Ready to Print?

Print your favourite snaps and get creative. From phone cases to fridge magnets, creating ‘hard’ (or edible) versions of your Instagram snaps is a great way to experiment with your best shots.

It’s About Living: Difficult Conversations Made a Little Easier

It’s A Wonderful Life

Ahhhh holidays! Once the hustle and bustle are over … our thoughts turn to cozy evenings with family, wrapping and then opening presents, crackling fires in the fireplace and another round of the seasonal food that we all associate with childhood wonder and good times.  What a time for celebrating our lives!

In these busy times, it’s just so rare when families and extended families get together for uninterrupted and unhurried conversation.  But, whatever holiday you celebrate this time of year is an ideal time to really connect and go  beyond the usual chatter and catching up.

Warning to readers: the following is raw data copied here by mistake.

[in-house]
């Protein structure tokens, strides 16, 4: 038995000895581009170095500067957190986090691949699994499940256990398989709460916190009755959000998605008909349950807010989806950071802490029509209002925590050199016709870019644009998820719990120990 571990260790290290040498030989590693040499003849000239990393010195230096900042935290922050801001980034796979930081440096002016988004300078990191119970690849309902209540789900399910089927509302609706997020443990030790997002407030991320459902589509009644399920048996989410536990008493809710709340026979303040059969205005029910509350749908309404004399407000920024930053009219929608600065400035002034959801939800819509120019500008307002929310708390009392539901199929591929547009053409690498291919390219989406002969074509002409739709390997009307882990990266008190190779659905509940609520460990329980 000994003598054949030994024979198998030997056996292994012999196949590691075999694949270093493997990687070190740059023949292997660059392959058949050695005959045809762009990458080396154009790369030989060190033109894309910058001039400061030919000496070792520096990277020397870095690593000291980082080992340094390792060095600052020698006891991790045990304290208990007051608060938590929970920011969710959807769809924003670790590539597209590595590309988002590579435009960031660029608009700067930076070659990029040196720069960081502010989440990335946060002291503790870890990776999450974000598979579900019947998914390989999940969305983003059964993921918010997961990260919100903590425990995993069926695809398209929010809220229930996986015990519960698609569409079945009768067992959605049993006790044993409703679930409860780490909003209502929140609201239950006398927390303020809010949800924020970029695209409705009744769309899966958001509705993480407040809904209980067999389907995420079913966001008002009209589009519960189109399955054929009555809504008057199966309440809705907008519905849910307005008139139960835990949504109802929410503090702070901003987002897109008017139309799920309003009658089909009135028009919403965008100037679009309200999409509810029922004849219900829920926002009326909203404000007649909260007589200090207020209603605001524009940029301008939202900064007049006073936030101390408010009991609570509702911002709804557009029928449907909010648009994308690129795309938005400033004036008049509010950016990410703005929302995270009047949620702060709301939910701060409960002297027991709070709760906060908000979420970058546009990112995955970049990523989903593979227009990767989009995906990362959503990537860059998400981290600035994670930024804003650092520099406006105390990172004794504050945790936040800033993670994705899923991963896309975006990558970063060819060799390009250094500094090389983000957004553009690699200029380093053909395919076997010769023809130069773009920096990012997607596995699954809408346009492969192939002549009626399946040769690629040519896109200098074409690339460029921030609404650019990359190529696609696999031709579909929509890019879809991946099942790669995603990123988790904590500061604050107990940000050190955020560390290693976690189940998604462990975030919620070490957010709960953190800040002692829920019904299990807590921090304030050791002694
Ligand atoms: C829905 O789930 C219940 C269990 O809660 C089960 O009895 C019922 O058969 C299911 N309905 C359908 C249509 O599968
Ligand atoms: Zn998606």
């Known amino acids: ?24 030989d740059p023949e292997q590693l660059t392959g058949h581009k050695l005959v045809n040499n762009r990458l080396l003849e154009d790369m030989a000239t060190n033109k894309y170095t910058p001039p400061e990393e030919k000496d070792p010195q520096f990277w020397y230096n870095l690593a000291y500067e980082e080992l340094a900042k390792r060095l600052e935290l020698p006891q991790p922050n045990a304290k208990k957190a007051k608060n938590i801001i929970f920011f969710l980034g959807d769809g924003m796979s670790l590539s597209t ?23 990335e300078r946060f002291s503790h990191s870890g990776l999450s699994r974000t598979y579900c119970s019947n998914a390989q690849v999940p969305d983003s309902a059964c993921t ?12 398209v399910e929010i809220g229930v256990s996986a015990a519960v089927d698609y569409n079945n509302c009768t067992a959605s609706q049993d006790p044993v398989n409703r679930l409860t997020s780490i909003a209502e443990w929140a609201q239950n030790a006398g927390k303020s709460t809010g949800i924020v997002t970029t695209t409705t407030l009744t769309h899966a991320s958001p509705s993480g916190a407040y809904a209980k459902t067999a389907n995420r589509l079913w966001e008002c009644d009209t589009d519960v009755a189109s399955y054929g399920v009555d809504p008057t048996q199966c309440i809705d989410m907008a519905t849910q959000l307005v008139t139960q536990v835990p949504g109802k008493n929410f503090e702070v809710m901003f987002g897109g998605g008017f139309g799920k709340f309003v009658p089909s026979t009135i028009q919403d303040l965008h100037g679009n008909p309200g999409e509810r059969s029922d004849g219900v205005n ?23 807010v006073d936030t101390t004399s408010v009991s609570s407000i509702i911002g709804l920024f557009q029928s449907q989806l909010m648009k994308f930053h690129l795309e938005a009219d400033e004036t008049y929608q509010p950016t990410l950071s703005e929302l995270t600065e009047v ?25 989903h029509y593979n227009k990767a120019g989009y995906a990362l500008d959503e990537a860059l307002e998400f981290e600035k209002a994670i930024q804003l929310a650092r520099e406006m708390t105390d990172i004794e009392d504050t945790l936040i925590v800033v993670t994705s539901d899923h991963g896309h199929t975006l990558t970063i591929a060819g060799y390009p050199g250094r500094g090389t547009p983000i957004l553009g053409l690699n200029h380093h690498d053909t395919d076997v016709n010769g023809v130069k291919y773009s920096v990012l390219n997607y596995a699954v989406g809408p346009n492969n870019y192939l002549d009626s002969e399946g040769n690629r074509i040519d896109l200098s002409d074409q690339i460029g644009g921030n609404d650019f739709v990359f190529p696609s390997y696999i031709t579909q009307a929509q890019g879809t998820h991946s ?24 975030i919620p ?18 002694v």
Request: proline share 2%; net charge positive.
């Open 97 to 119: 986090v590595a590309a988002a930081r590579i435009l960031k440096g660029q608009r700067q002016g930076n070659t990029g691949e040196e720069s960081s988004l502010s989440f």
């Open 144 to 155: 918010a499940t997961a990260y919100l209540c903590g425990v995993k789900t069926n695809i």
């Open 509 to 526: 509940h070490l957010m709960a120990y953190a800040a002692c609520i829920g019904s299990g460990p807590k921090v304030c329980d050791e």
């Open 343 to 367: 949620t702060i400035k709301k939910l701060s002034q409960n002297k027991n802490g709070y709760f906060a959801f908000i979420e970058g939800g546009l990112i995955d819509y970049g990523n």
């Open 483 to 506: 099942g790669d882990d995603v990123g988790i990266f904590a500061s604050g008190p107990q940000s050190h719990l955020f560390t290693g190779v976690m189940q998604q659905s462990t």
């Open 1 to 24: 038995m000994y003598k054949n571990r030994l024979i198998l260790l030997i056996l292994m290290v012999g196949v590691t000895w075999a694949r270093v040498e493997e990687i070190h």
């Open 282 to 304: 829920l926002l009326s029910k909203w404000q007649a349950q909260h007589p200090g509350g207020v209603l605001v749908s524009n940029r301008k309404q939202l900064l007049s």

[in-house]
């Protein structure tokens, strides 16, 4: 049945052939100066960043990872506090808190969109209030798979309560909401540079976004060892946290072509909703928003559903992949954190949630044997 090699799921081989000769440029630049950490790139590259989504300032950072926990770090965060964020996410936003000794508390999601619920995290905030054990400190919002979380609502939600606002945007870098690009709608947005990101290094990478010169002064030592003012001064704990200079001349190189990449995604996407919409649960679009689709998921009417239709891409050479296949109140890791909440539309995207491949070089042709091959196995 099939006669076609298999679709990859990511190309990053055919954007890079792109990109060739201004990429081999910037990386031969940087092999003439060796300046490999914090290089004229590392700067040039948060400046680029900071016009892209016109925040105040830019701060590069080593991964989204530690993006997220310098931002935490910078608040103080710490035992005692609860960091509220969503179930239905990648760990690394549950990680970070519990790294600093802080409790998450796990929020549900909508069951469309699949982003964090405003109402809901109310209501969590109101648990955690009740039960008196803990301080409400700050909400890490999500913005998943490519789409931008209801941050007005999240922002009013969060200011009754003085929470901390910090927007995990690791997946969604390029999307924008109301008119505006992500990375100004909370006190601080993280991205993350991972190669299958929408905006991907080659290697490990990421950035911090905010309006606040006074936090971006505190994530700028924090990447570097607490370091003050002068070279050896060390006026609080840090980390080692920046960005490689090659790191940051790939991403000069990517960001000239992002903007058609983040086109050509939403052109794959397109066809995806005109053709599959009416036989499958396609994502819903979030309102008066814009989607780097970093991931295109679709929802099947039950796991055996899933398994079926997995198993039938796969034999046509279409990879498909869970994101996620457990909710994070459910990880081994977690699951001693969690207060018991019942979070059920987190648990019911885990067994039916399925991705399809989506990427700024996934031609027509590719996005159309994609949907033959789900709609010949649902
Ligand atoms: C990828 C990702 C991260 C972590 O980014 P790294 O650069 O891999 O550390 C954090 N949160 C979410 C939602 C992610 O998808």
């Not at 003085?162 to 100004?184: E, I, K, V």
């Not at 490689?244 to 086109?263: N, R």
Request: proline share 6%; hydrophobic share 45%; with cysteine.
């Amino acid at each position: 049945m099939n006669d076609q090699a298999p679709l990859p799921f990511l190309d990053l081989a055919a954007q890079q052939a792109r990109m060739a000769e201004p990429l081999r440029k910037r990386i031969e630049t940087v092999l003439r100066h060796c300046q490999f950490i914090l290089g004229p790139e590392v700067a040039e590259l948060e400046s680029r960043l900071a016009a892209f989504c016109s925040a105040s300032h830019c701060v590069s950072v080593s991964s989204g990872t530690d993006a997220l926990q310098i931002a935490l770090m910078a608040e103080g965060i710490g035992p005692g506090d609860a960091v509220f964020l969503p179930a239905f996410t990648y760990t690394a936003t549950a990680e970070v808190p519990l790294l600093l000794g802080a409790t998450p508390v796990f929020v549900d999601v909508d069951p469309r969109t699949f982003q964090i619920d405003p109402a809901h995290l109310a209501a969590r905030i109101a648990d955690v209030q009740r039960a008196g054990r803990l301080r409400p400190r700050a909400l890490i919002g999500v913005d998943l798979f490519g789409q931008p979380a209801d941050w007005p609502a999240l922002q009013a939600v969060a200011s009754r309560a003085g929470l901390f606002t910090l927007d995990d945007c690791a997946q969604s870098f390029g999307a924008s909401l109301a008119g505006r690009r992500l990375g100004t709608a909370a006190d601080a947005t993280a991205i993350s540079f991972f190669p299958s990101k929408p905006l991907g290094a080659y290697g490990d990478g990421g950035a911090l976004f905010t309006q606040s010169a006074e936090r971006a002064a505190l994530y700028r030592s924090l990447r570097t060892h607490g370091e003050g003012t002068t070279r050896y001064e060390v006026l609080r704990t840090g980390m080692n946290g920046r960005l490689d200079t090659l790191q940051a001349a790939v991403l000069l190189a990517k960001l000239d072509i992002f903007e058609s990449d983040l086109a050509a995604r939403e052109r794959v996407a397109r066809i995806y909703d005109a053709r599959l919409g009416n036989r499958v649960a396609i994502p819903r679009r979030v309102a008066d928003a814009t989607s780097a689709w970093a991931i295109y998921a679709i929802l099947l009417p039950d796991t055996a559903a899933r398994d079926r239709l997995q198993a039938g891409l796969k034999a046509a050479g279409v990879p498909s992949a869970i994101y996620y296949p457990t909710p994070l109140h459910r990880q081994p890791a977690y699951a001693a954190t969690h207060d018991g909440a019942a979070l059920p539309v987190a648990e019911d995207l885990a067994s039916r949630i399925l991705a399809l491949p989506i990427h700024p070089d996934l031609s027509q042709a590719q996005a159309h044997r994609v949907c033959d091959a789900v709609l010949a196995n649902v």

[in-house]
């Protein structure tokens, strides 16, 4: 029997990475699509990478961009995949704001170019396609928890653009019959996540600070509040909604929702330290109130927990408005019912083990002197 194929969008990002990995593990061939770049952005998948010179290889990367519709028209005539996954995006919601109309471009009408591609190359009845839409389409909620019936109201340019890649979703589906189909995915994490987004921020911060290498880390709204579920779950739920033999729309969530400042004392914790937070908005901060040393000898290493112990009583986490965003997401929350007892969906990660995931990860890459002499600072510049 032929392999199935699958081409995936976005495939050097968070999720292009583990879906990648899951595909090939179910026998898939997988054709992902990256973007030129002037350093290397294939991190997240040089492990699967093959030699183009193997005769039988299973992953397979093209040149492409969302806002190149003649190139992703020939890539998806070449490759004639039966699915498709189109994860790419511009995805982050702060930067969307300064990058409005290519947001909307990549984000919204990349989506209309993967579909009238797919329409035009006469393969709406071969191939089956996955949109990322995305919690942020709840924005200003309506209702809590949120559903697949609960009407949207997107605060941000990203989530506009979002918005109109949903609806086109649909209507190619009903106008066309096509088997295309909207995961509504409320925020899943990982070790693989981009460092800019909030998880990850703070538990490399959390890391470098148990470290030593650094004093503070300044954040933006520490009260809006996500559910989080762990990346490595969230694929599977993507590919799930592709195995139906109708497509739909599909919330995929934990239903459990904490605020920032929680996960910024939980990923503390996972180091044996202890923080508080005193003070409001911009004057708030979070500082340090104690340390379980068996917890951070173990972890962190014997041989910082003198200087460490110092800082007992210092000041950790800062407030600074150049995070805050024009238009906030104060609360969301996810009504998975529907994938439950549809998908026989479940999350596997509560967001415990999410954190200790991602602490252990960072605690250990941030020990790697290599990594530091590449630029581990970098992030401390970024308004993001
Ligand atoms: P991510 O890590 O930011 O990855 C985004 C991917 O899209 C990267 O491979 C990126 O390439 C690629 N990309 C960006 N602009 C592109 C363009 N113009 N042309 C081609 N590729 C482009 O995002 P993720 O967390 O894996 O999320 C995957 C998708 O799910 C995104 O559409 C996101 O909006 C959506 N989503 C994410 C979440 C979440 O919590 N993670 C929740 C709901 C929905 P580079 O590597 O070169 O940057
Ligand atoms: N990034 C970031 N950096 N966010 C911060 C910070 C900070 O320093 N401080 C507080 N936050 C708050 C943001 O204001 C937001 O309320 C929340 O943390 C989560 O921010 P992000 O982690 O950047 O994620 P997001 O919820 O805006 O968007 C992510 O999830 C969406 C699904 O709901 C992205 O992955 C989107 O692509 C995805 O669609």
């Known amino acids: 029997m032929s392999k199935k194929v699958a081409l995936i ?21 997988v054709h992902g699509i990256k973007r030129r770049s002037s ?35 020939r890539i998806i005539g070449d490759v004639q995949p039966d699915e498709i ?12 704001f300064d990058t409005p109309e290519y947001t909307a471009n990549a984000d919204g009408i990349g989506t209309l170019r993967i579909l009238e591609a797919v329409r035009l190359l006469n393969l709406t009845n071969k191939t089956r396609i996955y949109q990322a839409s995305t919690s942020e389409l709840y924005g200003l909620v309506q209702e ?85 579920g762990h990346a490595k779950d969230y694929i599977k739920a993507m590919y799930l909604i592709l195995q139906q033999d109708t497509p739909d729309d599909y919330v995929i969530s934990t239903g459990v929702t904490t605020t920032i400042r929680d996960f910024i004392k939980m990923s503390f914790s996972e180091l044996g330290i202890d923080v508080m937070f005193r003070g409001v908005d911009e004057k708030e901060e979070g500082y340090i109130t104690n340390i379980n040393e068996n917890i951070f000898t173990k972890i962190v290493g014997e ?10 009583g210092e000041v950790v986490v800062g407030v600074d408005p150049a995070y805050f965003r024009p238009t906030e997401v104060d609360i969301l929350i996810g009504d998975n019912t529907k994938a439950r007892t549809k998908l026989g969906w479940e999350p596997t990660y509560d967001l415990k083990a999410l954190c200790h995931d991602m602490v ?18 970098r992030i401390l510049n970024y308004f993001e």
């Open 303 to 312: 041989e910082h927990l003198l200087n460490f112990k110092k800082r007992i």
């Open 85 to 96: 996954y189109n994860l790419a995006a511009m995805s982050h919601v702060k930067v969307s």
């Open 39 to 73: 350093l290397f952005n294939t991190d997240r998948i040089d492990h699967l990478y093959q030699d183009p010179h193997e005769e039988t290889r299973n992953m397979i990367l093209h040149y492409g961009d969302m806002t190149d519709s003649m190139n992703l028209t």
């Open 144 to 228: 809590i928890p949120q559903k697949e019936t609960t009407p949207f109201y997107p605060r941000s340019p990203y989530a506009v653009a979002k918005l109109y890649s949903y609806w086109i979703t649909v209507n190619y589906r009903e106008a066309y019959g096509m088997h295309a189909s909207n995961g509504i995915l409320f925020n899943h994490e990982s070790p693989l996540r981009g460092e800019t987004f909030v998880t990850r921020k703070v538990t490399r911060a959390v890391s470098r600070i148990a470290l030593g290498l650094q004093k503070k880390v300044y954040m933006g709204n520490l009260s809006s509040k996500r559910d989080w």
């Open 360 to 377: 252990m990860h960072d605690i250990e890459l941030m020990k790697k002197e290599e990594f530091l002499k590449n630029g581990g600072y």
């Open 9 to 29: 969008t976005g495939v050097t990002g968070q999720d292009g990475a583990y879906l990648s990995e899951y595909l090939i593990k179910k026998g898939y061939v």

This holiday season think beyond the traditions of the past and take the opportunity to start a new one.  Have a conversation for which you will be thankful in the future.  What is this conversation? It is a conversation about joy and having your voice heard even when you cannot speak for yourself.  When serious illness or long-term disabilities impact everyday life, difficult conversations need to take place. How do you find a way to start that conversation long before difficult situations are staring you in the face? It’s really quite simple. Here’s a holiday recipe for starting the conversation.

As you come together, invite everyone to take turns sharing what makes them happy and where they’ve found joy in their lives. This is something to which even the youngest family member can contribute.

Talking about the joys in life can easily lead to a discussion of what it is in the things that bring us joy. This invites everyone to share a bit more deeply about who we are and what makes us unique.  It promises to even surprise a few with the hidden story gems that will emerge and what you’ll learn about those you think you know well.

And, don’t be surprised if it now feels much easier to ask one final question…